3)If I’m working with some myClass object. I don’t get myClass definition as a link, I don’t get info on things I can do with this class (Interfaces, Reflection, etc.) No, I get the same 10 boring overly general topics (C# Samples, Customizing the development environment).

    I think the DH is a GREAT idea, but the current incarnation is bad, bad, bad.

  10. Jason Hasner says:

    At home, DH is slow but still faster than me searching manually. At work, (1 Gig ram, 3 Ghz) it’s fast enough. It is one of the features that made me fall in love with VS in the first place. I use VS almost exclusively, so I don’t have the exposure to different IDEs that others here can use to provide more constructive feedback.

    I don’t understand what Brian means when he says it opens when he doesn’t ask for it… probably because I don’t use it the same way. It’s a tab docked to the right side of VS and I expand it when I need it. It doesn’t seem to populate until I expand it. So it only uses resources when it’s needed and then it only takes 1/2 a second to populate. After the first time, it’s even faster.

    I would agree with the feedback about "the same 10 boring topics" and the lack of info on user defined classes, but I also understand why those decisions were made.

    All in all, very well done. Keep up the great work.

    You guys should go have a talk with the source safe team. That app pisses me off on a daily basis.

  11. I, too, always work with a seperate help window. The DH’s lag is only a fraction of a second, but it really annoys me when I walk the code. The code-definition window you mentioned sounds like a GREAT idea.

    Btw, The key-combination to go back to the last place you were in the code (not only after an F12, but regardless) is Ctrl– (That’s Control-Minus). Took me a while to find out about it, but it’s a lifesaver.

  12. Nicholas: Don’t ‘hate’ saying anything. We don’t write features saying "i really hope people won’t like this". We want you to be saying "i can’t live without ‘blah’". By telling us if something isn’t good enough, we can fix it, or replace it with something better. All we ask is that you help us understand what does/doesn’t work with your development process.

  13. Avner: Thanks for the ctrl– tip (looks like a alternatice to C++ doesn’t it).

    If you get a chance, try out the VS beta and let us know if you like it or not.

    Could you explain why you are annoyed when you walk the code?

  14. Saurabh Jain says:

    Jason,

    Brian is talking about the case when DH pops up when you hit F1. The reason it happens (in VS 2002, 2003) is because we used DH for disambiguation, i.e. to show various alternatives available. This is however not discoverable and it just annoys people. We have fixed in VS 2005 by not using DH but instead showing the alternatives as a drop down off the browser window. For VS 2002, 2003, you can use the VSTweak (http://www.gotdotnet.com/team/ide/helpfiles/vstweak.aspx, a VS powertoy) to disable this F1 popup issue. Scott has talked about these changes at http://blogs.msdn.com/scottsw/archive/2004/03/30/104314.aspx#111440.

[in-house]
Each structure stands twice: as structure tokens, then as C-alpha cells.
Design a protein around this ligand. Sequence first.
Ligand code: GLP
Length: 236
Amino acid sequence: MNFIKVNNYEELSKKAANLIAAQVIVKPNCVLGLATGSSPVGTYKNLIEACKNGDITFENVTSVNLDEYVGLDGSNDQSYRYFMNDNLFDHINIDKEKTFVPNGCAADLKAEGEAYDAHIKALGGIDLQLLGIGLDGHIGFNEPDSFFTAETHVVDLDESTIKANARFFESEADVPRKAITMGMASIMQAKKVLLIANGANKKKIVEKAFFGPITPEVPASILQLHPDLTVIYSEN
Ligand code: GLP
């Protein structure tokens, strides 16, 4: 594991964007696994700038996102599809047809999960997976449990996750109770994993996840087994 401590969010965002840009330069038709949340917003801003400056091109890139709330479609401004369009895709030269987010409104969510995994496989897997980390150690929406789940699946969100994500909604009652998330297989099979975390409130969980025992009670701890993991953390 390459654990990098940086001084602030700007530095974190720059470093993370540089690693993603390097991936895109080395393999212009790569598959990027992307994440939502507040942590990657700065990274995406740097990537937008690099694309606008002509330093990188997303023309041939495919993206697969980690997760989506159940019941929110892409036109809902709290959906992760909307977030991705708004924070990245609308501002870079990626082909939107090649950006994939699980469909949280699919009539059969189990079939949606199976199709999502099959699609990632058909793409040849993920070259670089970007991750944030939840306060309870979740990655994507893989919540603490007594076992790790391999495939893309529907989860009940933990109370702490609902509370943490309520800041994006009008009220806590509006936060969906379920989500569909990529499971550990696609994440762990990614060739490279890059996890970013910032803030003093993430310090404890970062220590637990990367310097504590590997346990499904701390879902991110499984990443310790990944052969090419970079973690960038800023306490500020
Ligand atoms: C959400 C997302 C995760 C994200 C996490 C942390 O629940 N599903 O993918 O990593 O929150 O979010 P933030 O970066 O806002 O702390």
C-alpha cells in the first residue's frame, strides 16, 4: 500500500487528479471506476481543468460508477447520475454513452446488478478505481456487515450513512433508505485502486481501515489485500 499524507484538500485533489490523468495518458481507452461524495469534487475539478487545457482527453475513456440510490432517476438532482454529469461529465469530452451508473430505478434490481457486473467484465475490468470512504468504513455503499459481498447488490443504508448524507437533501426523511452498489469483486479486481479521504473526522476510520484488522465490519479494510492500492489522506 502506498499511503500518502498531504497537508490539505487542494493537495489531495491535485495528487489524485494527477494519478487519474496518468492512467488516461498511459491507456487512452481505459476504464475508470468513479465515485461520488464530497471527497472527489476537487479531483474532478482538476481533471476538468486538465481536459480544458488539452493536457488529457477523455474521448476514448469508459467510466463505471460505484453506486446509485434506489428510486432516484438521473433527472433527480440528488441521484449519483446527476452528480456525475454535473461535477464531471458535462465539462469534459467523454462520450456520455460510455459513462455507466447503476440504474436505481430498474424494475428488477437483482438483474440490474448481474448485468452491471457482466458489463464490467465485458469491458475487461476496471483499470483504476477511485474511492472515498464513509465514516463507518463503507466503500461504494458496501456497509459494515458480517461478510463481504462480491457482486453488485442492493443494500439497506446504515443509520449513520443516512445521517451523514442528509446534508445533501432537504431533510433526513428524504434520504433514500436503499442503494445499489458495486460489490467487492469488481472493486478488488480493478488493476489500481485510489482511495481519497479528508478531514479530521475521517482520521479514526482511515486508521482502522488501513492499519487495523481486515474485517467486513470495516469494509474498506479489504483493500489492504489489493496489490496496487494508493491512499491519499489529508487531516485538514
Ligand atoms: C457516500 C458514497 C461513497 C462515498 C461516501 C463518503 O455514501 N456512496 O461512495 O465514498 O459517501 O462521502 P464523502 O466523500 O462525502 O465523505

Also, if you look at Tools->Options->Environment->Dynamic help, you can uncheck all categories except Help (and may be Action and Misc.). This should reduce the amount of static links in your window.

    Nicholas, I have never heard about DH halting up the machine. I do know that it does add 2.5 sec to the cold startup of VS on a 500 MHz, 128 MB, Win2K machine (I do have hard data to back my numbers).

    Yes, we do realize that DH doesn’t meet people’s expectations in many areas and hence we have done work to make it less in the face and reduce the annoyance and hatred around it. We are always open for more suggestion on how to fix it. But be warned, as we are in late stages of VS 2005 and we have more higher priority stuff on our plates and hence these changes most likely wont make into 2005 (unless it is cheap to do and improves the experience).

  15. Saurabh: I’ve also hit the issue where having DH up can dramatically affect start up time. On the order of far more than 2.5 seconds. I dont’ know if it’s related to disk or network activity but I do know it’s somewhat aggravating as you sort of sit their wanting to use the IDE but unable to do so because everything is locked.

  16. Taylor Wood says:

    Check out "Anakrino" for .NET. It generates compilable C# from a .NET assembly.

    http://www.google.com/search?hl=en&lr=&ie=UTF-8&q=anakrino&btnG=Search